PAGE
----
An Emirati businessman recurs in the Adani group’s offshore dealings

Within the corporate network of India’s Adani group, the names of some people pop up again and again, linked to multiple offshore entities of unclear purpose or labyrinthine structure. In the wake of Hindenburg Research’s accusations of fraud in the Adani group, these people and entities invite questions. Who are they? And, within the group, what precisely do they do?

For instance, Chang Chung-Ling, a Chinese executive, figured in the Hindenburg report as a director of several Adani firms. (One of them, a Singaporean company, came under scrutiny by Indian authorities in 2018 for its part in a corruption scandal involving helicopter procurement.) Quartz wrote earlier about Sanjay Newatia, an ex-banker in London who, according to the Pandora Papers, used to help a wealthy Indian lobbyist conduct offshore transactions, and who is now the sole director in 57 Adani companies registered in the UK.

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Another such Adani regular is Nasser Ali Shaban Ahli, a businessman who runs Al Jawda Trade & Services, a consultancy in Dubai. Ahli’s name has appeared in at least two Indian investigations into alleged money laundering by the Adani group. He also crops up in the British Virgin Islands corporate registry, as an officer in a securities investment firm linked to the Adani group.

Additionally, Ahli is listed in Chinese records as the director of Beijing Basile, a company that exports industrial parts exclusively to Adani Power in India. Beijing Basile is so closely connected to the Adani group that one of its Shanghai-based employees, on LinkedIn, says he has worked for the Adani group for the last 15 years. Yet Beijing Basile doesn’t show up as a related party in filings by Adani Power.

Screenshot: LinkedIn

The Adani group and Ahli did not respond to requests for comment from Quartz.

The Adani group’s man in Dubai

In 2004 and 2005, India’s Directorate of Revenue Intelligence (DRI) investigated the Adani group’s flagship company, Adani Enterprises, for conducting a “circular trade” in diamonds. The company was essentially importing diamonds, then exporting them to known firms overseas at an artificially inflated value, so as to make use of cheap credit from a government incentive scheme. According to a DRI report, a Dubai firm named Daboul Trading Company was responsible for procuring diamonds for Adani Enterprises to import into India—the first arc of the circular trade. Ahli was Daboul’s representative in Dubai.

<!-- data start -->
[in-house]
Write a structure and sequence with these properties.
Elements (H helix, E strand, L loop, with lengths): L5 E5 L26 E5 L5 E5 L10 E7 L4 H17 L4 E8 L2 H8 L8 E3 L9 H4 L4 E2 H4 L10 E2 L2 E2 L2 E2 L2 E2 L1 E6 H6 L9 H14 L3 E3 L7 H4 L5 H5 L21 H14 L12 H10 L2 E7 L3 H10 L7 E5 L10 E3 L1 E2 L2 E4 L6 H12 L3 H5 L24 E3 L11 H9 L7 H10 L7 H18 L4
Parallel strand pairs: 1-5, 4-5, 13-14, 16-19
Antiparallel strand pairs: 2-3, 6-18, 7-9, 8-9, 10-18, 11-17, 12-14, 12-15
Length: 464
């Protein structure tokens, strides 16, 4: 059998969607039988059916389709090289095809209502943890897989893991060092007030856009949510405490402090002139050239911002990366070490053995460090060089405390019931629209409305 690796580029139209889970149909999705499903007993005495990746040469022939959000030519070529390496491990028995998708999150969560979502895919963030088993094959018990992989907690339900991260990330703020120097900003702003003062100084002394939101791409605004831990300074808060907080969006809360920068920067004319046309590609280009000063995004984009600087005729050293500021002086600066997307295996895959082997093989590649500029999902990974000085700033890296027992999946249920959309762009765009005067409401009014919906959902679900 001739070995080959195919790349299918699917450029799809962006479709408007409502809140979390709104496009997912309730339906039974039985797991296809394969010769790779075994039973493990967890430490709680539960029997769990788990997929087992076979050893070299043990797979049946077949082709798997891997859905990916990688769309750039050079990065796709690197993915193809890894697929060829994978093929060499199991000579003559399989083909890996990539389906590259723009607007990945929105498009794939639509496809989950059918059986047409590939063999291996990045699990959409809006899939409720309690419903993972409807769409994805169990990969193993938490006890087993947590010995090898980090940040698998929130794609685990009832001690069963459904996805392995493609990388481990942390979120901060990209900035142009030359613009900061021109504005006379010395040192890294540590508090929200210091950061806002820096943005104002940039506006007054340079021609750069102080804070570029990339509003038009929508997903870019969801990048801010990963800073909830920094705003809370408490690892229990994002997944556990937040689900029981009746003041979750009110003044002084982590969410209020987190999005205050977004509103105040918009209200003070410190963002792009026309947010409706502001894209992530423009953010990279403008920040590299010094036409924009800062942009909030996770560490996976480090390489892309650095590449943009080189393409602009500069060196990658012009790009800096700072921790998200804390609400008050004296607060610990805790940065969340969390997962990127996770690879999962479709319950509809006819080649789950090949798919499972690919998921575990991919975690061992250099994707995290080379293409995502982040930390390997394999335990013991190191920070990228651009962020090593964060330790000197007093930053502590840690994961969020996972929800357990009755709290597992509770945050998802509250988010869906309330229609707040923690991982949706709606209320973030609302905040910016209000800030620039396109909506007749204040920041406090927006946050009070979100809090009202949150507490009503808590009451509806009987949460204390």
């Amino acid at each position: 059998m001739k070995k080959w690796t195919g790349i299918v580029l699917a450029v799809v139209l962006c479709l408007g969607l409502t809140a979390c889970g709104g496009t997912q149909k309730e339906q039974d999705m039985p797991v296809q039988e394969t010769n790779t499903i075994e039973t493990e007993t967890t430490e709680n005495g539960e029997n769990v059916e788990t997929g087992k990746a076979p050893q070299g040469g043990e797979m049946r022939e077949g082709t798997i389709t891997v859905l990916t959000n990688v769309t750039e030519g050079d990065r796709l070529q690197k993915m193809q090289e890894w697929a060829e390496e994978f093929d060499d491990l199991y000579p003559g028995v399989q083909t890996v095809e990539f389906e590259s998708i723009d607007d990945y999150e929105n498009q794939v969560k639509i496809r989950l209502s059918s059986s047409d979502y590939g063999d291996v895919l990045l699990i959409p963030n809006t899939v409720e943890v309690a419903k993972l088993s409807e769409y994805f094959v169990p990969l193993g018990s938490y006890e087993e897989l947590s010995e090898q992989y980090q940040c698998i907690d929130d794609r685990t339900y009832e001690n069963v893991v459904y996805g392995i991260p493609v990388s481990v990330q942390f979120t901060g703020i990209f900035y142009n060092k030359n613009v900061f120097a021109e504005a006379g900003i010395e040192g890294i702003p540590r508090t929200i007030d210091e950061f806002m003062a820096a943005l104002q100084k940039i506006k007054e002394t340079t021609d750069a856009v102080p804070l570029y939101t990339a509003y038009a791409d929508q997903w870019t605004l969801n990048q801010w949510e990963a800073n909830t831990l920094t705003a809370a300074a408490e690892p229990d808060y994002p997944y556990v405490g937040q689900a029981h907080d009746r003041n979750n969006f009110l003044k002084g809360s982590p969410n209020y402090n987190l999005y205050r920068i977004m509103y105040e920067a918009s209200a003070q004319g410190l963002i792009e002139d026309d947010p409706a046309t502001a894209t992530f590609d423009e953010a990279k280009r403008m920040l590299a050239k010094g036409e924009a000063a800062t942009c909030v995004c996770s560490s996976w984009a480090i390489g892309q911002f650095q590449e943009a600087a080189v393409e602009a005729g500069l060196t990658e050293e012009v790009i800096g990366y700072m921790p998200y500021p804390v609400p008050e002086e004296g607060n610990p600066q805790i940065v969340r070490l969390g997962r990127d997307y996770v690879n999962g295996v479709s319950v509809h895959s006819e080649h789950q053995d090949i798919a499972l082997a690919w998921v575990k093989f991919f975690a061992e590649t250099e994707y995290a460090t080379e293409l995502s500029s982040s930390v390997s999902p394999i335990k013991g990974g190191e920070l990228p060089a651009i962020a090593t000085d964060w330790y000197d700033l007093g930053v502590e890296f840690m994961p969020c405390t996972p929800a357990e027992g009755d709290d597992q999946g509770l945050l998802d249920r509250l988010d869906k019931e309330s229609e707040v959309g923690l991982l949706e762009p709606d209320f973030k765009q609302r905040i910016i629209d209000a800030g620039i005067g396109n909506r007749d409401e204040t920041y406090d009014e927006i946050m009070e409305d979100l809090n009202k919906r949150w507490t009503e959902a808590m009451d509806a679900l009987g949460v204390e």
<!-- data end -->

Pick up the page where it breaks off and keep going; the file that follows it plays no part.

In the 2010s, the DRI investigated Adani Enterprises again, this time for allegedly exaggerating the invoice value of imported power equipment. (The case is still winding its way through India’s maze of tribunals and courts.) The purpose, the DRI claimed, was to siphon funds out of the country, to an account in Mauritius. Once again, a Dubai company served as an intermediary—Electrogen Infra FZE, founded in 2009 by Ahli. In March 2010, records show, Ahli transfered Electrogen’s ownership to Vinod Adani, brother of the Adani group’s chairman, Gautam Adani. Electrogen’s parent, a company in Mauritius, had only one shareholder: Vinod Adani.

Additionally, another Dubai firm named Powergen Infrastructure had, according to the DRI, awarded a power project contract to PMC Projects, an Indian company that served as a “dummy firm” for the Adani group. (PMC makes all its revenue from Adani contracts, but it is not named as a “related party” in Adani disclosures.) In corporate registry records seen by Quartz, Powergen has three directors; two of them name Ahli as their agent.

Adani’s offshore web

Ahli serves the Adanis outside Dubai as well. One firm, EZY Global, appears in Adani filings (pdf) as a related party. Registered in the British Virgin Islands—a popular tax haven—EZY Global lists, among its shareholders, Pranav Vora, a director (pdf) of Adani Shipping. In 2011, EZY Global merged into another company, Gulf Asia Trade & Investment, according to documents from the British Virgin Islands financial commission as seen by Quartz. Ahli was a shareholder in both companies.

A now-defunct company website describes Gulf Asia’s activities as “investing in long-term investments in shares, funds, bonds, and other marketable securities.” The company’s registered address in the British Virgin Islands is in the care of Trident Trust. In the Pandora Papers documents, Trident was named as one of several major providers of offshore services, such as setting up bank accounts or shell companies, or organizing tax avoidance schemes.

In connection with the Adanis, Ahli appears in one other filing, and it’s on the Adani group’s website. In 2009-10, Adani Enterprises declared a dividend on its shares; seven years later, as per Indian law, unclaimed dividends were transferred to a state-run fund. Among the 71 investors (pdf) who did not claim their dividends was Ahli. The filing records these investors’ shareholdings. Most of those listed had shares numbering in the single or double digits. Ahli held 10,000 shares.

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